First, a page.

When exploring the possibility of parallel universes, we conclude that Physicist Hugh Everett’s many worlds theory isn’t scientifically adequate. To illustrate, we note the observational challenges of the many worlds interpretation, where “definite measurements arise from a deterministic wave function evolution that superimposes the state vectors of all possible measurements.” With respect to probability predictions of this quantum-mechanical universe, we report that Everett’s world picture of a unified theory cannot be tested for its consequences, and makes a claim to reality which it cannot substantiate through unremitting observation. We support Alfred North Whitehead’s line of reasoning that some principles of scientific logic should be believed, “not on their own account, but on account of their consequences”.
We also agree with John Dewey that the value of a system of thought must reside in its capacity to illustrate the consequences of its use. It’s one thing to say that the theory is an end in itself and another thing, a thing of a contrary kind, to say that this theory was developed from observation and testing. We also believe that “it is precisely in experience that the different consequences of different methods of investigation and ratiocination are convincingly shown”, where “matter and methods have been constantly selected and worked over on the basis of empirical success and failure”. We advocate a mathematical logic that is empirically founded and experimentally applied. After all, “we cannot avoid the conclusion that the status of mathematics is as empirical as that of metallurgy.”
Dr. Lee Smolin agreed that effective scientific laws are based on what we can actually observe, and that “we want a law to explain just one history of one universe.” As Everett’s many worlds theory cannot be put in satisfactory correspondence with our experience, we share Sir Roger Penrose’s argument where “you want a physical theory that describes the world that we see around us. That’s what physics has always been: explain what the world that we see does, and why or how it does it. Many Worlds quantum mechanics doesn’t do that.” We would have to modify our notion of what a scientific theory is in order to accommodate Everett’s proposition that there is no fundamental distinction between measuring apparatus and other physical systems.
If we are offered Everett’s definition of correlation applicable to all probability distributions, what, then, is to be taken as the criterion of truth? By what standard do we assess the validity of our knowledge of the world? We can say that “knowing begins with specific observations that define the problem and ends with specific observations that test a hypothesis for its solution.” Scientific ideas should represent possible solutions to the degree in which they are connected with experiment. It is this degree of coherent wholeness of experience that is a consolidation of both observation and theory. We recognize with Max Tegmart’s examination of Everett’s theory that, when observation and theory do not agree, “contradiction arises, due to some oversight or omission in one or the other, and corrections are needed, or presuppositions must be changed, in order to restore coherence and systematic wholeness”.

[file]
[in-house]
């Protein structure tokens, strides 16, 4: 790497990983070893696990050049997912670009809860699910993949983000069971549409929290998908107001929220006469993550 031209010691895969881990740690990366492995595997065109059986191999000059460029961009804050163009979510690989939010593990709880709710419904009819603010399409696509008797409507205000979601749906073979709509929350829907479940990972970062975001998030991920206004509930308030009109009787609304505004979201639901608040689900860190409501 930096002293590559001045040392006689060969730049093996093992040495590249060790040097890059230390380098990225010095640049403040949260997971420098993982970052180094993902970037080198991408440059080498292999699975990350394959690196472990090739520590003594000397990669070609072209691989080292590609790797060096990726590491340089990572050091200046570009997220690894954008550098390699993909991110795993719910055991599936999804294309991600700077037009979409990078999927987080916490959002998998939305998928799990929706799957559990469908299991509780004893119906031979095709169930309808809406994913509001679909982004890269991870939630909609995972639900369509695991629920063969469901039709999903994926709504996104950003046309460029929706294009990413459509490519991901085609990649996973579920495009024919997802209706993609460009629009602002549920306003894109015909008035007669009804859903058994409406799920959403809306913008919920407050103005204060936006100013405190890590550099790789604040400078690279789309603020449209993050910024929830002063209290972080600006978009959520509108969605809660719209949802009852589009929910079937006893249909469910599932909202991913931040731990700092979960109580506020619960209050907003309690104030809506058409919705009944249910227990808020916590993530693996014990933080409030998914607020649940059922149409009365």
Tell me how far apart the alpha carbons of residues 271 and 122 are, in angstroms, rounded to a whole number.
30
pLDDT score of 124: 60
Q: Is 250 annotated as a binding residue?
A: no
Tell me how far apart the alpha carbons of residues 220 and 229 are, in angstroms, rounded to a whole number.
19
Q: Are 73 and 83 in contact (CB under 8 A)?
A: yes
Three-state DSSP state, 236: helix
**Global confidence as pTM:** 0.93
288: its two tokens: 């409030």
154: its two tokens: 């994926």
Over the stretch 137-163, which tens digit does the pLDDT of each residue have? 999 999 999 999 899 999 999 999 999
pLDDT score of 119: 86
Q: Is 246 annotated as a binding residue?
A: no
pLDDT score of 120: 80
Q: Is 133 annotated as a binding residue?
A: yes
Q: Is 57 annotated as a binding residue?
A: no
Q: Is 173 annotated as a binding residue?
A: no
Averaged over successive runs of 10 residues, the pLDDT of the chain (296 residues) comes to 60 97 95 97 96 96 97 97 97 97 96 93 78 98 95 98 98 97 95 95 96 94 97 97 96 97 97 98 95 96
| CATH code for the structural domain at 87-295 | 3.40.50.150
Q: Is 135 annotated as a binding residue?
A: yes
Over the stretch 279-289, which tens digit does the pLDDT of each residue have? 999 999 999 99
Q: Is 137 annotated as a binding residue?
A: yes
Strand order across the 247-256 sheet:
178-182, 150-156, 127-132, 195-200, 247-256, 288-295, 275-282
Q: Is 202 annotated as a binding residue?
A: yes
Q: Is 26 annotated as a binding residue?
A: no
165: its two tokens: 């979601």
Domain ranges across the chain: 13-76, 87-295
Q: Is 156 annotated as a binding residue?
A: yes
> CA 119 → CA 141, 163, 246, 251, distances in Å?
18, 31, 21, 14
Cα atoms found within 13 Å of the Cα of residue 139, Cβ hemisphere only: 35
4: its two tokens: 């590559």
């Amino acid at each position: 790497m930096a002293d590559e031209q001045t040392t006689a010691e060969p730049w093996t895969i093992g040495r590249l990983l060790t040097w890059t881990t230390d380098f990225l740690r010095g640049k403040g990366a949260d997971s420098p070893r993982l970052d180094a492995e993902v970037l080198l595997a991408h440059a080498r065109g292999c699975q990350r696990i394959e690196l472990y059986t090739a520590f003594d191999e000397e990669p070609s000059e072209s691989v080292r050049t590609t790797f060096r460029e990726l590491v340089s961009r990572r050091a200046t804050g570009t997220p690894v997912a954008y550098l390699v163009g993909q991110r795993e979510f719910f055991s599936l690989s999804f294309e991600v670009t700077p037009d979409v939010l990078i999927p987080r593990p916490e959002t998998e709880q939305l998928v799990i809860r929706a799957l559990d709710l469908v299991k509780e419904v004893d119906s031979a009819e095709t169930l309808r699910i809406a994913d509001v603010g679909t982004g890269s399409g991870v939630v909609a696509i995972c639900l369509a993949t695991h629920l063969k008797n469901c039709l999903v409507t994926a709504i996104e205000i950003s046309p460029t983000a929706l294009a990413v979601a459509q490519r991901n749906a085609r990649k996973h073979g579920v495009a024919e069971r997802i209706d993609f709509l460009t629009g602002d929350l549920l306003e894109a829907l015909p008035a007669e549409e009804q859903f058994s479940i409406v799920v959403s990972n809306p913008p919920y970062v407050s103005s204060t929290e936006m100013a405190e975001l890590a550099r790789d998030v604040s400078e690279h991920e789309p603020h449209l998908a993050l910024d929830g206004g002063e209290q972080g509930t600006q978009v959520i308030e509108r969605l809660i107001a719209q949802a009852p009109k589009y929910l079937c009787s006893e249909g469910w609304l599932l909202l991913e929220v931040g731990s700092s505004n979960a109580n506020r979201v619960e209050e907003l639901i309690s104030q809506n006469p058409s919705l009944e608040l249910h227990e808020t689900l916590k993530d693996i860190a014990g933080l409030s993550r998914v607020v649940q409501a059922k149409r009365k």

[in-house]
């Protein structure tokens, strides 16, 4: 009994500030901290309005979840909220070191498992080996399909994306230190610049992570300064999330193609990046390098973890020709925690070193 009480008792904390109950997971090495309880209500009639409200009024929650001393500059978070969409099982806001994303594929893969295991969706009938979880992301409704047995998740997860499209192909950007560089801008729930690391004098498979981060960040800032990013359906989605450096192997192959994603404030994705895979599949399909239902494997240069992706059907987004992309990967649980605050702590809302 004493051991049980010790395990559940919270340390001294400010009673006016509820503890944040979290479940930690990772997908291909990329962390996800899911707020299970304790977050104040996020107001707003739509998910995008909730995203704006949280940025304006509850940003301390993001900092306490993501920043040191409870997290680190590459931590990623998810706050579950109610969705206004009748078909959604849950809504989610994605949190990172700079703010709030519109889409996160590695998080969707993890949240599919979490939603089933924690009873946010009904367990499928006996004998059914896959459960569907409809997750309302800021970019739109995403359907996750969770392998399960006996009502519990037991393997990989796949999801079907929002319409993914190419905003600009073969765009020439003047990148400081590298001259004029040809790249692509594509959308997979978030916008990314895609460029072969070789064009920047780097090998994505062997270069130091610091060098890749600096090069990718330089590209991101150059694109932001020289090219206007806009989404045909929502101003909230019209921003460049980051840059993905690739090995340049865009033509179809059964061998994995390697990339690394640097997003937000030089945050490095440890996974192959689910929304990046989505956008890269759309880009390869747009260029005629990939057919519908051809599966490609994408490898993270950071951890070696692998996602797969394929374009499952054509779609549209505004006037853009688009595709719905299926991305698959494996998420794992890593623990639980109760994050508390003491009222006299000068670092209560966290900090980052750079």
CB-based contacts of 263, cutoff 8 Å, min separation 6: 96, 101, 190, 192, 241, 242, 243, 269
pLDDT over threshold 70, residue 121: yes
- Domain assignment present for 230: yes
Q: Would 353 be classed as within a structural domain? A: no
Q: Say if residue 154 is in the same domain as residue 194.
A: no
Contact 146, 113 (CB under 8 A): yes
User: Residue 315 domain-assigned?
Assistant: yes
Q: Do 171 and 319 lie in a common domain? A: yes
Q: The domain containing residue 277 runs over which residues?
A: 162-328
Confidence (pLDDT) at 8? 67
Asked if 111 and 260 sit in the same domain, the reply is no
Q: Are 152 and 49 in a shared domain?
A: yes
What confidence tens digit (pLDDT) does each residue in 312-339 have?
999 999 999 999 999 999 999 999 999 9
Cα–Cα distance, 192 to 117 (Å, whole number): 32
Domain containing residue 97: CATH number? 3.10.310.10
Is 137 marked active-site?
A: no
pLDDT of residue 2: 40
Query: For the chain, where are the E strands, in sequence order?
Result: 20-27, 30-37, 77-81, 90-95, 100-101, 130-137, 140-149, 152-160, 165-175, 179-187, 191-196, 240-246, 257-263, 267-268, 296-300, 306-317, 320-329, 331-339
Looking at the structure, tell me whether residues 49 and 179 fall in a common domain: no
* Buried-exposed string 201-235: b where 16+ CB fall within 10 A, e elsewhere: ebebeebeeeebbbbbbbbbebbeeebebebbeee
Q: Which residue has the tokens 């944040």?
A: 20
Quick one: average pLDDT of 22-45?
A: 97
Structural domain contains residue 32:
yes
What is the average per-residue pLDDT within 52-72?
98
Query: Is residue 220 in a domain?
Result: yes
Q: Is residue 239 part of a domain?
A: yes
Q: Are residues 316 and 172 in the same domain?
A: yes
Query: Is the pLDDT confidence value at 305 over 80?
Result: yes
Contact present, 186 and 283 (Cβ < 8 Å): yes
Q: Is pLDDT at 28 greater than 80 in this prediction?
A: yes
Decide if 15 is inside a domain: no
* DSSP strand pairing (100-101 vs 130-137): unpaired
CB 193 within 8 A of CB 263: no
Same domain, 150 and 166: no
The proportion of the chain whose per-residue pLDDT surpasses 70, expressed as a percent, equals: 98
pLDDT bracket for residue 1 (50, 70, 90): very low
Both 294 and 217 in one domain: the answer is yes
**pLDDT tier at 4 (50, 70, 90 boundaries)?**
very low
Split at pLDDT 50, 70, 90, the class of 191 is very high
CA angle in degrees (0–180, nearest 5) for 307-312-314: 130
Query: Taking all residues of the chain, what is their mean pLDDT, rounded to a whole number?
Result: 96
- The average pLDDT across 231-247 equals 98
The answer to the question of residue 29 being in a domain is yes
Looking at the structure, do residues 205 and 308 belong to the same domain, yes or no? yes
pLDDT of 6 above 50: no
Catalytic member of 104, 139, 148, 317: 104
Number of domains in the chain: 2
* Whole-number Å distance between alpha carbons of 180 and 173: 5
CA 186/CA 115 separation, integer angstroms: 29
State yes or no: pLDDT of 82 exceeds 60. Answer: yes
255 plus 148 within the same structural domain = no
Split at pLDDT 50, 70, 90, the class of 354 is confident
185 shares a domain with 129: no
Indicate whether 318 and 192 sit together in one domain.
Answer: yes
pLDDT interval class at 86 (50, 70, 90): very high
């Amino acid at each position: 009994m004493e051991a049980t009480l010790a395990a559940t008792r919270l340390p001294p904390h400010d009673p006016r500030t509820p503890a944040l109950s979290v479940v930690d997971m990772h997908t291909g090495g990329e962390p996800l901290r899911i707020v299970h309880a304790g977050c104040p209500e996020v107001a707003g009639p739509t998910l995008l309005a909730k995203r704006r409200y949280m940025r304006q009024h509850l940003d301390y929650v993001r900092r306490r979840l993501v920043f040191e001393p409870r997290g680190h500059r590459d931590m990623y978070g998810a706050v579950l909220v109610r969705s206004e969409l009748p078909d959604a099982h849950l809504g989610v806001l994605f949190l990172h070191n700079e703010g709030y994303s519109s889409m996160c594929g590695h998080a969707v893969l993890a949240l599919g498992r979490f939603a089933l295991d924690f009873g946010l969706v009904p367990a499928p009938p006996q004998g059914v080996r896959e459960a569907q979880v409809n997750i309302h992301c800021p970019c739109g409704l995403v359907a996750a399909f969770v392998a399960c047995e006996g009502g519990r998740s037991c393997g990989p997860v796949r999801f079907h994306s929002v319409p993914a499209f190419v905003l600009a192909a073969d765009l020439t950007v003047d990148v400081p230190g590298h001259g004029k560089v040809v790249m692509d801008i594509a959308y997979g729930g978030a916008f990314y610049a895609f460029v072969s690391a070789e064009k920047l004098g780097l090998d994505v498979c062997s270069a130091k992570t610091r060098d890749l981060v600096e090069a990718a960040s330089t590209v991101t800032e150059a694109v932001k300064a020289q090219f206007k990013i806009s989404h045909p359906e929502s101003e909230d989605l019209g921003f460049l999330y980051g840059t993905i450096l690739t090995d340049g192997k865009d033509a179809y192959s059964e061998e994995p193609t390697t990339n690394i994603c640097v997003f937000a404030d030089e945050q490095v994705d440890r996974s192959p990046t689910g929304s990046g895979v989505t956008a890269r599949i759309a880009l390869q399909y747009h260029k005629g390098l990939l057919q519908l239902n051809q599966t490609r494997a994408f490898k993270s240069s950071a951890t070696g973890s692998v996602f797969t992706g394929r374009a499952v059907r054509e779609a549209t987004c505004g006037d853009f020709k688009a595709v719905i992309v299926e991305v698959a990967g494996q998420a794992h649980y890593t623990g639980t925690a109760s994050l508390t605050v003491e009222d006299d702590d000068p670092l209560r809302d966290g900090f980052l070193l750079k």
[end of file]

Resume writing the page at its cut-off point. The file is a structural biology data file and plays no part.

If Everett’s quantum theory is to retain the incisiveness and rigor of its immediate predecessors, it must feature a vital dialogue between experiment and theory. According to Professor Stephen W. Hawking, “a good theory must accurately describe a large class of observations on the basis of a model that contains only a few arbitrary elements ,and it must make definite predictions about the results of future observations” Hawking also states that a theory is “just a model of the universe, or restricted part of it, and a set of rules that relate quantities to the model of observations that we make.” Sir Karl Popper also emphasized that a good theory is characterized by the fact that it makes a number of predictions that could in principle by disproved or falsified by observation.
The theoretical abstraction of Everett’s universal wave function is remote from experience when “the concept of a universal wave mechanics, together with the necessary correlation machinery for its interpretation, forms a logically self consistent description of a universe in which several observers are at work.” Hawking recommends that it’s better to employ the principle of economy known as Occam’s Razor, and cut out all the features of the theory that cannot be observed. We discount Everett’s theory as it is incapable of forming part of any exact science because it contradicts our empirical knowledge. Bertrand Russell confirms our philosophy that “every proposition which we can understand must be composed wholly of constituents with which we are acquainted.”
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